BEYOND THE SYNAGOGUE GALLERY

FINDING A PLACE FOR WOMEN IN AMERICAN JUDAISM

A thorough survey of the innovations introduced into the American synagogue in the 19th century by the Reform movement, focusing on the Jewish woman’s gradual religious emancipation.

Traditional Judaism delineates the woman’s specific place in public worship, in particular prescribing the separation of the sexes during the service, proscribing female voices from joining in prayer, and, with a few exceptions, omitting any requirement that women attend the synagogue at all. These centuries-old arrangements did not jibe with the progressive ideas of gender equality espoused by the nascent Reform movement. Legitimizing a female presence in the synagogue was part of a larger project of the Reformist Jews, who wished to acquire a new American identity by making their public religious observance conform externally to the ways of their Protestant neighbors. Separate women’s galleries were first replaced by mixed seating in 1851 (in an Albany synagogue), and a decade later many other temples introduced family pews, mirroring the custom of Christian churches. Men were relieved of the obligation to wear a prayer shawl and head covering, and a mixed choir and organ music were brought in, ostensibly for the sake of decorum. Other aspects of the reform included the use of vernacular instead of Hebrew, omission of the prayer for a messianic return to Zion, and even moving the holy day from Saturday to Sunday. By the end of the century, women were admitted as full members of the congregation, which first allowed their participation in synagogue administration and then in leading the worship itself. This process eventually led to the ordination of the first woman rabbi in 1972. Goldman’s well-researched book highlights one important premise: that the original steps on the road to women’s religious liberation were initially taken by acculturated male Jews, who often indiscriminately copied Christian politics and aesthetics. An interesting and well-written study.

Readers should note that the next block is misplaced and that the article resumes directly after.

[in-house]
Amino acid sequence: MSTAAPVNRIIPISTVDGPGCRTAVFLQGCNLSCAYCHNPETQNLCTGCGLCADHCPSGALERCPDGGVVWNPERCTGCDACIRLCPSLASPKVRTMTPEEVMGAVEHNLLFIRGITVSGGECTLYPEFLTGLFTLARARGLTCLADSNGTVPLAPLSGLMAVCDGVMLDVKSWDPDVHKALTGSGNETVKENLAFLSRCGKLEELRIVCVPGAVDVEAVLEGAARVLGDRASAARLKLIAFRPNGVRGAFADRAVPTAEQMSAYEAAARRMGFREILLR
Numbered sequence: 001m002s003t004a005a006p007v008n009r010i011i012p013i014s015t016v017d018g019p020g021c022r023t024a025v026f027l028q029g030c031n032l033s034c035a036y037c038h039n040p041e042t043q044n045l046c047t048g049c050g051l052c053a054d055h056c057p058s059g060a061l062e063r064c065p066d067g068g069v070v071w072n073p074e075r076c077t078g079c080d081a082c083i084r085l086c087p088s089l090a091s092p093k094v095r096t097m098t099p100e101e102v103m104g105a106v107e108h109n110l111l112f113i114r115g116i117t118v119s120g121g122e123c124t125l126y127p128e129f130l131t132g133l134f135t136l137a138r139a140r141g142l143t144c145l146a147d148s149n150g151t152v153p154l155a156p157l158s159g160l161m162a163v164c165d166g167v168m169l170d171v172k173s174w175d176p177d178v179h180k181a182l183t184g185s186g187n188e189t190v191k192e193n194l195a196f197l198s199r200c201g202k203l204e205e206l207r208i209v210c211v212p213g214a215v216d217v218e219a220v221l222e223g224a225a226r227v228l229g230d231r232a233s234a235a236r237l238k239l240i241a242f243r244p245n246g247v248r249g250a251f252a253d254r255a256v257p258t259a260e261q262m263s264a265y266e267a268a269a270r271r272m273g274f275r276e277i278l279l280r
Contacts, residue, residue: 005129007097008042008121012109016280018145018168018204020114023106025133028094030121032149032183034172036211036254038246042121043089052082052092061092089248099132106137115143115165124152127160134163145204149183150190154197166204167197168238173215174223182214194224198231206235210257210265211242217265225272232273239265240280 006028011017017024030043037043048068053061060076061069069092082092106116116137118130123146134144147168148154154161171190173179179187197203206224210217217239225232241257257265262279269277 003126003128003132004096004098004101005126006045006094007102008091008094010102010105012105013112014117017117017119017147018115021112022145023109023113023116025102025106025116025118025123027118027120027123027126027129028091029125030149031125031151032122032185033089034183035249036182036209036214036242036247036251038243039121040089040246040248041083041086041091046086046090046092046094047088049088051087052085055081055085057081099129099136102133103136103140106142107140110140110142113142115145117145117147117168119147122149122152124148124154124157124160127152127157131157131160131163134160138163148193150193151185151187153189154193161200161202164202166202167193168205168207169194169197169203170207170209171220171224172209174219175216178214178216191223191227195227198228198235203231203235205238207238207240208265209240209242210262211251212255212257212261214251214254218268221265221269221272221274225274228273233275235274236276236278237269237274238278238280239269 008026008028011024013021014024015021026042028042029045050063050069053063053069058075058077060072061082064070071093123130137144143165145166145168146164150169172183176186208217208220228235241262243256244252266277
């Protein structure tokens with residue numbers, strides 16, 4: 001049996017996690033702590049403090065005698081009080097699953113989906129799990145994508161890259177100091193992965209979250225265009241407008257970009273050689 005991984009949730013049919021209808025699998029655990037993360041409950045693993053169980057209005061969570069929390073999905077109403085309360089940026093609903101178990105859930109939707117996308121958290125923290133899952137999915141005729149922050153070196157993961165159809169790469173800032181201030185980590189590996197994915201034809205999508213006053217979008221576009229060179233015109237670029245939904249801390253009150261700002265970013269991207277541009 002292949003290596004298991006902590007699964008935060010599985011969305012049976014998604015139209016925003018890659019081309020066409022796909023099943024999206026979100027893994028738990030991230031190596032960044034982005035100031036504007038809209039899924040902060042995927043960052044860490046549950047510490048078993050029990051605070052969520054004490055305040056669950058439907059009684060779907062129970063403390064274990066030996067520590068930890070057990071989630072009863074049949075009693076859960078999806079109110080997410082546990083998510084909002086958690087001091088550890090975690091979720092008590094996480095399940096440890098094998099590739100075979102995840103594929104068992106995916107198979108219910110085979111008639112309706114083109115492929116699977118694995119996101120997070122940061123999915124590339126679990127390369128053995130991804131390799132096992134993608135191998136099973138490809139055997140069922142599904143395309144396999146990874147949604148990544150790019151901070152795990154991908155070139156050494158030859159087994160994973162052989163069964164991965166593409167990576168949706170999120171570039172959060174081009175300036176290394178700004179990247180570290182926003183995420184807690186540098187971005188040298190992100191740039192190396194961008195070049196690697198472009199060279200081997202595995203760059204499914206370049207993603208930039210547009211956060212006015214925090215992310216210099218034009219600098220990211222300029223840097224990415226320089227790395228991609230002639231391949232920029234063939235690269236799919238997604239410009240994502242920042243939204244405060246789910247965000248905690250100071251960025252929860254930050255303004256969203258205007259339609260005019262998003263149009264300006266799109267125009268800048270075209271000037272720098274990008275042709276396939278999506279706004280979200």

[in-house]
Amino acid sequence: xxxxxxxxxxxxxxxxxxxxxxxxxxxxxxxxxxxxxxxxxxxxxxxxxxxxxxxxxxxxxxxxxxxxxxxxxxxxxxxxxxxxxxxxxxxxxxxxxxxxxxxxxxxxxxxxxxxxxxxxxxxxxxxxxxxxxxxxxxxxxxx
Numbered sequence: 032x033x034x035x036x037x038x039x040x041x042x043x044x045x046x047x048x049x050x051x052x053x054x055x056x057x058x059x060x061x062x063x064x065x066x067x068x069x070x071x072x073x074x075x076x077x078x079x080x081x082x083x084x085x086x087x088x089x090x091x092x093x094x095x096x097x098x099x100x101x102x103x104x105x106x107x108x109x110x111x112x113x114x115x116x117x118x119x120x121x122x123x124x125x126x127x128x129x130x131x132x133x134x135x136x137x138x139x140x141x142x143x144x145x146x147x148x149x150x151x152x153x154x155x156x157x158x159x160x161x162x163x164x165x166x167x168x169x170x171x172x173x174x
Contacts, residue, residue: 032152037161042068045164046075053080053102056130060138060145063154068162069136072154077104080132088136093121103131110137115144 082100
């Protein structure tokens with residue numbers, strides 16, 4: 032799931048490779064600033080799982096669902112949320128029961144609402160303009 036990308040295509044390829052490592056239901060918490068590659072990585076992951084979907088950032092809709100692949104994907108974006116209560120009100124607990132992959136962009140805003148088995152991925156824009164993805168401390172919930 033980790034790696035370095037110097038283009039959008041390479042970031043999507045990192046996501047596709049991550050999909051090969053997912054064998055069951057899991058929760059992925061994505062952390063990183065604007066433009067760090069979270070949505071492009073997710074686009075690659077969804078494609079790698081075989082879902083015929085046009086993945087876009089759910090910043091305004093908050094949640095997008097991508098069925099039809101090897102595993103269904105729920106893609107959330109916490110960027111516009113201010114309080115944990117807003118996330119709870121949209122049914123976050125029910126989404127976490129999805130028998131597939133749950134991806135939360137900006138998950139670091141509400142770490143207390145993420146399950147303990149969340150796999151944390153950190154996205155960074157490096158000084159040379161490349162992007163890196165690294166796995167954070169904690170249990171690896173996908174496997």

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Pub Date: June 1, 2000

ISBN: 0-674-00221-0

Page Count: 256

Publisher: Harvard Univ.

Review Posted Online: May 20, 2010

Kirkus Reviews Issue: May 15, 2000